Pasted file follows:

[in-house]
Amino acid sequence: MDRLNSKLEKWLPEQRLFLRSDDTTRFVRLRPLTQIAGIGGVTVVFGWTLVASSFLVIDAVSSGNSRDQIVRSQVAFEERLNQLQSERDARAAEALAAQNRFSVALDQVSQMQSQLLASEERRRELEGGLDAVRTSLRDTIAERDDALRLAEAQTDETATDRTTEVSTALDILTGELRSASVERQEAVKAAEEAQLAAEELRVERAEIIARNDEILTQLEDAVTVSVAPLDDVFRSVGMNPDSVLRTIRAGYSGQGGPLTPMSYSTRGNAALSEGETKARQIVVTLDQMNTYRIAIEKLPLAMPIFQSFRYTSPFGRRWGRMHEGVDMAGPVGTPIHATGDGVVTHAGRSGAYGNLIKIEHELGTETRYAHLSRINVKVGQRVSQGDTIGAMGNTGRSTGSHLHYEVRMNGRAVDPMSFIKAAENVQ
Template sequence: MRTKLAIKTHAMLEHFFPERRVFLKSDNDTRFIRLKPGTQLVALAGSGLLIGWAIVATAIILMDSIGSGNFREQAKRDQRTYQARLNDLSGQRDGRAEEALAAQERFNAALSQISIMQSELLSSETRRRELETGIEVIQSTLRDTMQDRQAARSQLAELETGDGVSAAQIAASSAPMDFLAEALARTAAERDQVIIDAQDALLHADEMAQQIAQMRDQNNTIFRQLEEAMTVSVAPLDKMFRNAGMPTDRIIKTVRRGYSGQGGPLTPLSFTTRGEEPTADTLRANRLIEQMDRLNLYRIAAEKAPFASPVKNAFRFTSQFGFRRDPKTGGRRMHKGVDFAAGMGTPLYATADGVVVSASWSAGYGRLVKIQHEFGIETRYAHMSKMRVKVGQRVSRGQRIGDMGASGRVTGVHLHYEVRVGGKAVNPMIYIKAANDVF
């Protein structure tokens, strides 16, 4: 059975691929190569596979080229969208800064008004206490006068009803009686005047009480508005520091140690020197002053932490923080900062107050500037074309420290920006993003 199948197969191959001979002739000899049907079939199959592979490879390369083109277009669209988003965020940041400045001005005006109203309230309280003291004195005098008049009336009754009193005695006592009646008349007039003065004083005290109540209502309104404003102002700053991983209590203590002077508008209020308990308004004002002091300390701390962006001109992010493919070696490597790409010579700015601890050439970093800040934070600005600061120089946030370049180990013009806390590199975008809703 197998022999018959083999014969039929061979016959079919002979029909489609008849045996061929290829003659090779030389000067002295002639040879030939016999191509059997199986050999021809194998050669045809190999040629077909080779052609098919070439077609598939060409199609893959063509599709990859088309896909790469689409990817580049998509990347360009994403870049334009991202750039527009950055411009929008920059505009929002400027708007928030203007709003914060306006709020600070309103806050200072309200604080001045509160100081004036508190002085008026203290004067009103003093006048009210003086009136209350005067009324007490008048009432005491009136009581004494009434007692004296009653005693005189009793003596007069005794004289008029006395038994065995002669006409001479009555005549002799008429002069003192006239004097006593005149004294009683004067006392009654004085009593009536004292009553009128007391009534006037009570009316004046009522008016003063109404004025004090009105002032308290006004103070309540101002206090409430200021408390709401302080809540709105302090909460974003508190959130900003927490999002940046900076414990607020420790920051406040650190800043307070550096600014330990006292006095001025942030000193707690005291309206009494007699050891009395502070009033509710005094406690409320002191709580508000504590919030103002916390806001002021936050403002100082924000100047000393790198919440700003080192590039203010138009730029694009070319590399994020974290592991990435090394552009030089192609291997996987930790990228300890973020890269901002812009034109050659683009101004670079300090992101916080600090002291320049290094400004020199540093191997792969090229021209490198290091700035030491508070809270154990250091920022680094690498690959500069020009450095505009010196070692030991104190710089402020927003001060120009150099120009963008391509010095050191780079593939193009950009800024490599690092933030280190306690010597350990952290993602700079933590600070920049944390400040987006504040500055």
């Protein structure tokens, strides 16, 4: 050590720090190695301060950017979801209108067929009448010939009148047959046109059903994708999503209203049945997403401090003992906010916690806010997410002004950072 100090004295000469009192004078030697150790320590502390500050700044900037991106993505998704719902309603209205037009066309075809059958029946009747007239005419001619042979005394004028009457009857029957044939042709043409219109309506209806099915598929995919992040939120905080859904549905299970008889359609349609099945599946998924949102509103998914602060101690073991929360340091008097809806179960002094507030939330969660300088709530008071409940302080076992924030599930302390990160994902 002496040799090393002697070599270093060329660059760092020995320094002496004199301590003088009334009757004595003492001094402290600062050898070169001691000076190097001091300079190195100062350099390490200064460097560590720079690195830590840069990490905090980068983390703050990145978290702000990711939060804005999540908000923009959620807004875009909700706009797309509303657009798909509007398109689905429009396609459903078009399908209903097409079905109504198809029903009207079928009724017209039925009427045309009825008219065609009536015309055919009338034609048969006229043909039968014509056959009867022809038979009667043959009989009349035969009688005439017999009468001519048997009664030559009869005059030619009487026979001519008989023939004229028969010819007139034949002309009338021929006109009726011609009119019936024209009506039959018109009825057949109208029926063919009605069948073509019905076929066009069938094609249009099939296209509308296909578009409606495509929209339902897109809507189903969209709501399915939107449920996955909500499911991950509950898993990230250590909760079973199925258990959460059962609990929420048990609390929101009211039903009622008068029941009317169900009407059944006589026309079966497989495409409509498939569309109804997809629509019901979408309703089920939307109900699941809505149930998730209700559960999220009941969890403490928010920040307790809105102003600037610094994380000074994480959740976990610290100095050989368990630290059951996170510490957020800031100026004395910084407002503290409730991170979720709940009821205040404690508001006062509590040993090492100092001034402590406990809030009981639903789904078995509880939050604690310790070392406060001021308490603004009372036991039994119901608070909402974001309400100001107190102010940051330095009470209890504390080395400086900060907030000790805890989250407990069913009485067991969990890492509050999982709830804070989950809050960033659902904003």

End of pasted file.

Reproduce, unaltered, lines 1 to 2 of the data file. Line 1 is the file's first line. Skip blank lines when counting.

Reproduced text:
[in-house]
Amino acid sequence: MDRLNSKLEKWLPEQRLFLRSDDTTRFVRLRPLTQIAGIGGVTVVFGWTLVASSFLVIDAVSSGNSRDQIVRSQVAFEERLNQLQSERDARAAEALAAQNRFSVALDQVSQMQSQLLASEERRRELEGGLDAVRTSLRDTIAERDDALRLAEAQTDETATDRTTEVSTALDILTGELRSASVERQEAVKAAEEAQLAAEELRVERAEIIARNDEILTQLEDAVTVSVAPLDDVFRSVGMNPDSVLRTIRAGYSGQGGPLTPMSYSTRGNAALSEGETKARQIVVTLDQMNTYRIAIEKLPLAMPIFQSFRYTSPFGRRWGRMHEGVDMAGPVGTPIHATGDGVVTHAGRSGAYGNLIKIEHELGTETRYAHLSRINVKVGQRVSQGDTIGAMGNTGRSTGSHLHYEVRMNGRAVDPMSFIKAAENVQ